Shaker & Spoon

My thanks to Shaker & Spoon for sponsoring this week’s DF RSS feed. Shaker & Spoon is a subscription box that solves the toughest challenges of a home bar with great ingredients and interesting recipes. Every box is built around a different spirit, and showcases various styles of cocktail-making. Each box arrives with 3 brand-new, original recipes created by world-class bartenders, and enough ingredients (syrups, bitters, mixers, garnishes) for 12 cocktails — 4 from each recipe. It’s perfect for get-togethers and special gifts. All you need to bring is the alcohol, and the box will use up the whole bottle for all 12 drinks. I got their rye kit last month and the recipes were excellent. The instructions were clear, the ingredients were perfect, and all three cocktails were delicious and interesting. (I particularly liked their “Sugar and Spice”, an interesting twist on the Old Fashioned.) If you love Continue reading "Shaker & Spoon"

How Trump Consultants Exploited the Facebook Data of Millions

Matthew Rosenberg, Nicholas Confessore, and Carole Cadwalladr, reporting for The New York Times:
Details of Cambridge’s acquisition and use of Facebook data have surfaced in several accounts since the business began working on the 2016 campaign, setting off a furious debate about the merits of the firm’s so-called psychographic modeling techniques. But the full scale of the data leak involving Americans has not been previously disclosed — and Facebook, until now, has not acknowledged it. Interviews with a half-dozen former employees and contractors, and a review of the firm’s emails and documents, have revealed that Cambridge not only relied on the private Facebook data but still possesses most or all of the trove. Cambridge paid to acquire the personal information through an outside researcher who, Facebook says, claimed to be collecting it for academic purposes. During a week of inquiries from The Times, Facebook downplayed the scope of the leak Continue reading "How Trump Consultants Exploited the Facebook Data of Millions"

YouTube Didn’t Tell Wikipedia About Its Plans for Wikipedia

Megan Farokhmanesh, writing for The Verge last week:
At SXSW yesterday, YouTube CEO Susan Wojcicki announced that the platform would start adding information from Wikipedia to conspiracy-related videos within the next few weeks. “We will show a companion unit of information from Wikipedia showing that here is information about the event,” she said. The company is “using a list of well-known internet conspiracies from Wikipedia” to pull from. However, YouTube appears to have left one party in the dark: “We were not given advance notice of this announcement,” said the Wikimedia Foundation in a statement on Twitter. According to Wikimedia, this partnership isn’t a formal one with either Wikimedia or Wikipedia. “We are always happy to see people, companies, and organizations recognize Wikipedia’s value as a repository of free knowledge,” the company said. YouTube doesn’t need to officially partner with Wikimedia to use information from Wikipedia, but it’s still a Continue reading "YouTube Didn’t Tell Wikipedia About Its Plans for Wikipedia"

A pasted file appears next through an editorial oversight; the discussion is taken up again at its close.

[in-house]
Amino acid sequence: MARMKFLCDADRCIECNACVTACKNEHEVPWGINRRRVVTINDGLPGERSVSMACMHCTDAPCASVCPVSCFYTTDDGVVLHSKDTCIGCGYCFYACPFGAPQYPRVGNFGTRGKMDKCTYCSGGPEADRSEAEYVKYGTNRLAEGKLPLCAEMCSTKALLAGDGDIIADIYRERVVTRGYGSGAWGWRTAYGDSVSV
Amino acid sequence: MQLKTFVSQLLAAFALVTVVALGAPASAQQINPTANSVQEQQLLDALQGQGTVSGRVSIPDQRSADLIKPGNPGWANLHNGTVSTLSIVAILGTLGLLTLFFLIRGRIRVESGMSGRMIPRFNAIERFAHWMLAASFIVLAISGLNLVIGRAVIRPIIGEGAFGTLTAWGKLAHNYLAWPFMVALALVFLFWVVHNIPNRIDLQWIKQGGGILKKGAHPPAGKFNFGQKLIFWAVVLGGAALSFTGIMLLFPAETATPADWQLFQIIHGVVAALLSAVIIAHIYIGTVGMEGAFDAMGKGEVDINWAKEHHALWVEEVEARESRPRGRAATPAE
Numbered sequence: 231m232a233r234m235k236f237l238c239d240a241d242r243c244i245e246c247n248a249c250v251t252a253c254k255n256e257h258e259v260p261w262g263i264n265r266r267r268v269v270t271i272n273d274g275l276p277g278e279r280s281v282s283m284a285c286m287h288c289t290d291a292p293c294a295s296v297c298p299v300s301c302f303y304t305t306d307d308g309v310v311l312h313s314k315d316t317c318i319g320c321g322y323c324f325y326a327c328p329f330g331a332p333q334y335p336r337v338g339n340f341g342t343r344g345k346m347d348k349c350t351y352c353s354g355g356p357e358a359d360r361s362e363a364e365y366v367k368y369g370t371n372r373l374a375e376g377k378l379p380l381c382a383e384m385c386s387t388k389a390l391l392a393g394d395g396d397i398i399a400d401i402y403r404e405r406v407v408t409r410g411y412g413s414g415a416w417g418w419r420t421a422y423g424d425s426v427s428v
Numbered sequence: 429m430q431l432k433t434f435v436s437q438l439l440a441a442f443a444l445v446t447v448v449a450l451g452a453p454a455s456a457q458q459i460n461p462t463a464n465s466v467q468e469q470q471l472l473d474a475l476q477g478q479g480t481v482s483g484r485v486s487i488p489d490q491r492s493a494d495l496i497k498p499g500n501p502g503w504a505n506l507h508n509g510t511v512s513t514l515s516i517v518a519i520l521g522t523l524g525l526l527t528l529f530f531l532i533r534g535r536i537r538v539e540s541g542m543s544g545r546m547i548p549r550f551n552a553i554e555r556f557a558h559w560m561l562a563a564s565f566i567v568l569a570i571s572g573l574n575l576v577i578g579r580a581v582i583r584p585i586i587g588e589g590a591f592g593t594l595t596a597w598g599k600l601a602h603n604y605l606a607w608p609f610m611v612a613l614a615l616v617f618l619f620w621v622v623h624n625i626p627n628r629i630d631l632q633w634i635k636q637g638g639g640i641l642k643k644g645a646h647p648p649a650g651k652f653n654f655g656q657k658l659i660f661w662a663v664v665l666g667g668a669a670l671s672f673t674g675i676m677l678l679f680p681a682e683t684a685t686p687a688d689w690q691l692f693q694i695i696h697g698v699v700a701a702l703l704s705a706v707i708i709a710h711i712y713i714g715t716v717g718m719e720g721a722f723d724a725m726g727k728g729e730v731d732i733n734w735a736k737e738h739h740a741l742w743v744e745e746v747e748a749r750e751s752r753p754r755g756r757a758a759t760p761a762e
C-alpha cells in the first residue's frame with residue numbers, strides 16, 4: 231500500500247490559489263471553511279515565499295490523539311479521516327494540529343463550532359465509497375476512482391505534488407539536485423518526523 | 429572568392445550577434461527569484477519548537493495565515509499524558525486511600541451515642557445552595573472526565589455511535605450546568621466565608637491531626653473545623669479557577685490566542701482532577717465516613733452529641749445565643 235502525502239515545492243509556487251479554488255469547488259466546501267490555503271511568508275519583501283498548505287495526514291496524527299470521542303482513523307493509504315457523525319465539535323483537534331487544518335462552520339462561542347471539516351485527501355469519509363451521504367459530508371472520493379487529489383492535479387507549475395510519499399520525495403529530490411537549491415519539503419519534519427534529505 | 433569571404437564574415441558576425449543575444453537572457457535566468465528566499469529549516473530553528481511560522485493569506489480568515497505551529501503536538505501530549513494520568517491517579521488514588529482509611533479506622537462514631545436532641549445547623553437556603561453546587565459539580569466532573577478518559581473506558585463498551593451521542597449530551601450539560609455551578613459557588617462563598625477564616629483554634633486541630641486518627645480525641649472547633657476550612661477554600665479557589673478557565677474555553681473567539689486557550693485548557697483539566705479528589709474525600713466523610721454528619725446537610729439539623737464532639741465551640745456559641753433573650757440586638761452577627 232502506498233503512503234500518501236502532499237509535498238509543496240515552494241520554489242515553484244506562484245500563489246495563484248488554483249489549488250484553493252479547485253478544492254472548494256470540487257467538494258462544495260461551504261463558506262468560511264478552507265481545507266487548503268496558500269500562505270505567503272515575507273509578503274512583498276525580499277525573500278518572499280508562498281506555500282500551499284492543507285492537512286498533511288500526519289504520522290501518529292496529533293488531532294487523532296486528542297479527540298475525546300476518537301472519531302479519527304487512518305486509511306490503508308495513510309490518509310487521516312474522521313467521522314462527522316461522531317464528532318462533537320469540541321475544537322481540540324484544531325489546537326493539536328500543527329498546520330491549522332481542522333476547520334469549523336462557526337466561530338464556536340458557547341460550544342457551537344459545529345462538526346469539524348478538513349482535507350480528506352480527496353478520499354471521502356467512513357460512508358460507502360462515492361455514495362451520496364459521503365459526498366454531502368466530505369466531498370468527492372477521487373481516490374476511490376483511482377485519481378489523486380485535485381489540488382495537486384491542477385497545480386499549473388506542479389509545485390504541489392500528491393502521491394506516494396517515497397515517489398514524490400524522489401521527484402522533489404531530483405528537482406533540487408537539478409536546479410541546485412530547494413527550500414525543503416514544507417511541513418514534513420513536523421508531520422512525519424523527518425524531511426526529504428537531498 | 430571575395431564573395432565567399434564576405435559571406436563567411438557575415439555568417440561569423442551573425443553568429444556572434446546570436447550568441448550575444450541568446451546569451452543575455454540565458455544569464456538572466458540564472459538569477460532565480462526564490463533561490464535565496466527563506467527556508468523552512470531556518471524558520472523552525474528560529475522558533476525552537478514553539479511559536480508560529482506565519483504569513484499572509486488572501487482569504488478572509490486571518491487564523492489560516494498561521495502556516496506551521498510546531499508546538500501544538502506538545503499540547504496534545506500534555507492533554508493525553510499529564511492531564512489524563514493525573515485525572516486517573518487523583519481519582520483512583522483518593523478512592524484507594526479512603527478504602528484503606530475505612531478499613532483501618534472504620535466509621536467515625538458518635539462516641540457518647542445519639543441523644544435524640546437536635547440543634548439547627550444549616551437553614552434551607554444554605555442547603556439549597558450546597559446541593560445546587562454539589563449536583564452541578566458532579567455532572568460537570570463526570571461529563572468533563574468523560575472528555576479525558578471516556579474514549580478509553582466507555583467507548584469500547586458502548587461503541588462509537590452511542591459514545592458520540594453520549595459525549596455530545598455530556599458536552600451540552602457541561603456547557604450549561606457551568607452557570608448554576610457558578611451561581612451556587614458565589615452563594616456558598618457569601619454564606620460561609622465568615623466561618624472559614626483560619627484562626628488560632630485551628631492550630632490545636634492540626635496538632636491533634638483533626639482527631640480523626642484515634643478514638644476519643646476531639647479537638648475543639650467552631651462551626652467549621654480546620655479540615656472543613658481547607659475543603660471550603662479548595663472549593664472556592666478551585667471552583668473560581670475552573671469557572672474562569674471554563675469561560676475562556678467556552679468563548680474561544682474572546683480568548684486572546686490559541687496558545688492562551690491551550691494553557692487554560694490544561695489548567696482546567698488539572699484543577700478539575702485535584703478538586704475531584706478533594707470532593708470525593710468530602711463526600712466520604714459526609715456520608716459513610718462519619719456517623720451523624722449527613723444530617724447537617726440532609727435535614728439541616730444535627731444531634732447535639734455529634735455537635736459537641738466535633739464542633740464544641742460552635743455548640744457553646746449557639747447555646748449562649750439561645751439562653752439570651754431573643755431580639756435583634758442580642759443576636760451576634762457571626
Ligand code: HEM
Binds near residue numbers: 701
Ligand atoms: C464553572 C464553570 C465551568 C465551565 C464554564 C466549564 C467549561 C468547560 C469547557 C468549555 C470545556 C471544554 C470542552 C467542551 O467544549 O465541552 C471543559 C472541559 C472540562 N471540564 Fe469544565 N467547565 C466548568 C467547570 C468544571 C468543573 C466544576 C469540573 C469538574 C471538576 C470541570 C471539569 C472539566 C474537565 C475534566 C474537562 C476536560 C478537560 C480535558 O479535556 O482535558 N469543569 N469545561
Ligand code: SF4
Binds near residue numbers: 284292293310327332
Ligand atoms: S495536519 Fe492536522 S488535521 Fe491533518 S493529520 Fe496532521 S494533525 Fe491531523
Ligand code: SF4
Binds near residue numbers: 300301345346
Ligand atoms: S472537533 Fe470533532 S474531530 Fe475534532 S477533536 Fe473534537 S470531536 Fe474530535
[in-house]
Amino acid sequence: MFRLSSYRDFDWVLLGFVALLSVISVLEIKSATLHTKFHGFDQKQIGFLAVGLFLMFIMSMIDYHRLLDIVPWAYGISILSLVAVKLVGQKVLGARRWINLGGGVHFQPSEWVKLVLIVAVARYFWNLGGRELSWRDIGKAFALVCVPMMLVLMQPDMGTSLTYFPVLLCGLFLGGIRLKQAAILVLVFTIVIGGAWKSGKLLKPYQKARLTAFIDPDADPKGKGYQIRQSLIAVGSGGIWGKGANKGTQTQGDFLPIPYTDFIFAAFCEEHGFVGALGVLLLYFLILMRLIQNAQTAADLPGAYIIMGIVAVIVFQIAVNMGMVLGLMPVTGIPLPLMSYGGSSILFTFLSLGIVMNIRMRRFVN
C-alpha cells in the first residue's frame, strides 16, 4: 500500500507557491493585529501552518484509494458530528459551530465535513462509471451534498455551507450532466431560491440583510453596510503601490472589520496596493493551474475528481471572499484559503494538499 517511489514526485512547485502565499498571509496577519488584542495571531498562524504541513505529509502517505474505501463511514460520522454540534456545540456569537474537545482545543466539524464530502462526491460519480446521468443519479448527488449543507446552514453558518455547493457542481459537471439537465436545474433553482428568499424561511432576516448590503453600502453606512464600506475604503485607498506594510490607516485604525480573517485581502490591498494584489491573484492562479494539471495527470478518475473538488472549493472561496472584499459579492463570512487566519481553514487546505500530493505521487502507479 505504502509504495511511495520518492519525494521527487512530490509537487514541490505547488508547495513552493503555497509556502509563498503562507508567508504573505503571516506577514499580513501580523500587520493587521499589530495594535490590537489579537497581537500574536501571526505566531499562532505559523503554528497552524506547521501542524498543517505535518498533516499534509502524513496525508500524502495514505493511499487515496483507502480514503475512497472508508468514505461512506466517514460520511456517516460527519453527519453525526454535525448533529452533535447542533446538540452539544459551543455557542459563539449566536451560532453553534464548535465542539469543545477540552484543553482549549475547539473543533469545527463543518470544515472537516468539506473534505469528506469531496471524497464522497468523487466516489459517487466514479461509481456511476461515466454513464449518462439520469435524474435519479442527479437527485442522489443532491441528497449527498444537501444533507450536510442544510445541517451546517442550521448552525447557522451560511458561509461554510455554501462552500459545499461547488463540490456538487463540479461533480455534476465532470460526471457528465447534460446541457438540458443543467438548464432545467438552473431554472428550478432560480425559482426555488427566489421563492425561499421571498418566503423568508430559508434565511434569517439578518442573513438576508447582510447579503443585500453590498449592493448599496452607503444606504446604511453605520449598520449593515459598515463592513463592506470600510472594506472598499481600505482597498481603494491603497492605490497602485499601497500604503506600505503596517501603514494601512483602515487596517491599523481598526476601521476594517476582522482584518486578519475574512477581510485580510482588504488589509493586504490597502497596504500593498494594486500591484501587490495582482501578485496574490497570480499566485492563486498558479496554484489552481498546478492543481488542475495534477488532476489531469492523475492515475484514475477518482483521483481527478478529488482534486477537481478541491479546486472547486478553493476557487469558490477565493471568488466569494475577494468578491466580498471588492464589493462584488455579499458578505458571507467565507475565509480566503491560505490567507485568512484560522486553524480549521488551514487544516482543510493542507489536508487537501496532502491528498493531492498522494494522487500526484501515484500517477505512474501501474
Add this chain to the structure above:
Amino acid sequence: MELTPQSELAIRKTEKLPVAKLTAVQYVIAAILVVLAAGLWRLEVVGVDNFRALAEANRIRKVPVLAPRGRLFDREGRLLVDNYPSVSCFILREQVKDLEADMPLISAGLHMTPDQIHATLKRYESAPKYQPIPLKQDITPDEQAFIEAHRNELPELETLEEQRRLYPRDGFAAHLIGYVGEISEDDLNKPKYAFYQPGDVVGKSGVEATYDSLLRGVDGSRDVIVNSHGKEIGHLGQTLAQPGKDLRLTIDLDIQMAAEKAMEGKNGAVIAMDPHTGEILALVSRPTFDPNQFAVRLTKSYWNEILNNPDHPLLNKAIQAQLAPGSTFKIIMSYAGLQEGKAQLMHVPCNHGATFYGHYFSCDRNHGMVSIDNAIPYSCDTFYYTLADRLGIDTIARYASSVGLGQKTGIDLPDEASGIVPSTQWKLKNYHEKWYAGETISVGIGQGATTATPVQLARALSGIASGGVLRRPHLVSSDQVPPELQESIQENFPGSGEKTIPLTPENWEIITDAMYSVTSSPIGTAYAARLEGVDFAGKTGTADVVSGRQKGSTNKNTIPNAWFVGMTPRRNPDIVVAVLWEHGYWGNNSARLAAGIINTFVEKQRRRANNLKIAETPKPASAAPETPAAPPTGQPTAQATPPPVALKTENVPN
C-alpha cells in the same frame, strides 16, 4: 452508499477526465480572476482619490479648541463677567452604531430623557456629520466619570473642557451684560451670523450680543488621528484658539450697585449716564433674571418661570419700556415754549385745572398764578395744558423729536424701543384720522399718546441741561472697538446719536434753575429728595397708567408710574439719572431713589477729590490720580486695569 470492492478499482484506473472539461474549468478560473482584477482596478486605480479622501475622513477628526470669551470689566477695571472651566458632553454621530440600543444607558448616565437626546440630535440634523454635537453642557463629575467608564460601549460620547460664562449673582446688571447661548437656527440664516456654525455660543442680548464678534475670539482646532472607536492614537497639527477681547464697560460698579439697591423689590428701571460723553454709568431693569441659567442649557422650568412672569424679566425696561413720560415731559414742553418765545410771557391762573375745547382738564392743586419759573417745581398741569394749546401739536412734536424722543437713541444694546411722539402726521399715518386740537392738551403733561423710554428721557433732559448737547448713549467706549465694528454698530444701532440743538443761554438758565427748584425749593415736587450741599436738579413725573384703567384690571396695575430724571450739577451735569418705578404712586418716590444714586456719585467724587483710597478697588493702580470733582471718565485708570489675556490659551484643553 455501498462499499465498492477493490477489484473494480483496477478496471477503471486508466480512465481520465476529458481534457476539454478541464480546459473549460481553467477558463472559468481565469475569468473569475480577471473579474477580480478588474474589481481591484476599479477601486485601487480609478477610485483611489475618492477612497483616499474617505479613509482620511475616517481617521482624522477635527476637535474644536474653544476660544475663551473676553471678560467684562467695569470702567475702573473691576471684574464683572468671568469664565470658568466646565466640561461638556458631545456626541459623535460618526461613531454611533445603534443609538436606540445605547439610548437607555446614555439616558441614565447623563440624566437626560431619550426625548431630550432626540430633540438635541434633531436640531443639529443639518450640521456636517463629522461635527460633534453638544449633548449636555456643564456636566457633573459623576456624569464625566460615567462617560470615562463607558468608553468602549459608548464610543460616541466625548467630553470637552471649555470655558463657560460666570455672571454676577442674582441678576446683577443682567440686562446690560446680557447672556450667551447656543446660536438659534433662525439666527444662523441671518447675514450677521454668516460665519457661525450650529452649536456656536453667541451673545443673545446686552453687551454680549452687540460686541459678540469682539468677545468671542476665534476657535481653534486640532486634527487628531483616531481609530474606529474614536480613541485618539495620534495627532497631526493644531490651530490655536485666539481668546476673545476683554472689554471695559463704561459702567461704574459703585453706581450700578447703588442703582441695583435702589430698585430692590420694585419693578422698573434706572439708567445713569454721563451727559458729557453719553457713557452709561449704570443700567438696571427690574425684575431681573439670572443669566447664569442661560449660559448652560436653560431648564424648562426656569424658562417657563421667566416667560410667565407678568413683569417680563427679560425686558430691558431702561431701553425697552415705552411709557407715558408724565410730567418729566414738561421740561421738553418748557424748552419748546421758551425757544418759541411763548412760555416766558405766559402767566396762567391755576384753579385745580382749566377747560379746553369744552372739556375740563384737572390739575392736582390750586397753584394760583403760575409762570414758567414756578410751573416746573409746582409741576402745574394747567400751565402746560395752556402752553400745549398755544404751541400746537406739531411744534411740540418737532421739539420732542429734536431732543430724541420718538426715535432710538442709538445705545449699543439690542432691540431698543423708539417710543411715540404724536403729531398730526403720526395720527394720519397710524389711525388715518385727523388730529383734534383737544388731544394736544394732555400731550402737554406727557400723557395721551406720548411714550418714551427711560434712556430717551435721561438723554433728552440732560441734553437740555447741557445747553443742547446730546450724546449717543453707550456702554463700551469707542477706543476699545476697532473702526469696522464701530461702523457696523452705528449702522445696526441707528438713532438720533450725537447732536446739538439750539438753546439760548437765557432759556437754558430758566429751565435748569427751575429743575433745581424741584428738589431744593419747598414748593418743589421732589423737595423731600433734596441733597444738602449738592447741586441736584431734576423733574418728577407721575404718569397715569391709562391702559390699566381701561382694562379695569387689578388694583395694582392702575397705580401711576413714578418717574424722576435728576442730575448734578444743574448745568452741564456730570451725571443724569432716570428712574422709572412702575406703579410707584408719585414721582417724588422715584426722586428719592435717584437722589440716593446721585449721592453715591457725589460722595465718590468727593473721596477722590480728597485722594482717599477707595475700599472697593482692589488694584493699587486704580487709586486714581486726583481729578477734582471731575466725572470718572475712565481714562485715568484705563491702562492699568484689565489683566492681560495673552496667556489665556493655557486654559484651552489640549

YouTube Suggested Conspiracy Videos to Children Using Its Kids App

James Cook, writing for Business Insider:
YouTube’s app specifically for children is meant to filter out adult content and provide a “world of learning and fun,” but Business Insider found that YouTube Kids featured many conspiracy theory videos which make claims that the world is flat, that the moon landing was faked, and that the planet is ruled by reptile-human hybrids.

‘Android Wear’ Is Now ‘Wear OS’

Dennis Troper, product director for Android Wear Wear OS:
As our technology and partnerships have evolved, so have our users. In 2017, one out of three new Android Wear watch owners also used an iPhone. So as the watch industry gears up for another Baselworld next week, we’re announcing a new name that better reflects our technology, vision, and most important of all — the people who wear our watches. We’re now Wear OS by Google, a wearables operating system for everyone.
Two quick thoughts:
  • If they really think anyone is going to call this “Wear OS by Google” and not just “Wear OS”, they’re nuts. But I get it — legally, device makers licensing the OS will have to use the full name, thus putting Google’s name on the box.
  • This is another sign of Google moving away from promoting “Android”. Back in January, when Google renamed “Android Pay” Continue reading "‘Android Wear’ Is Now ‘Wear OS’"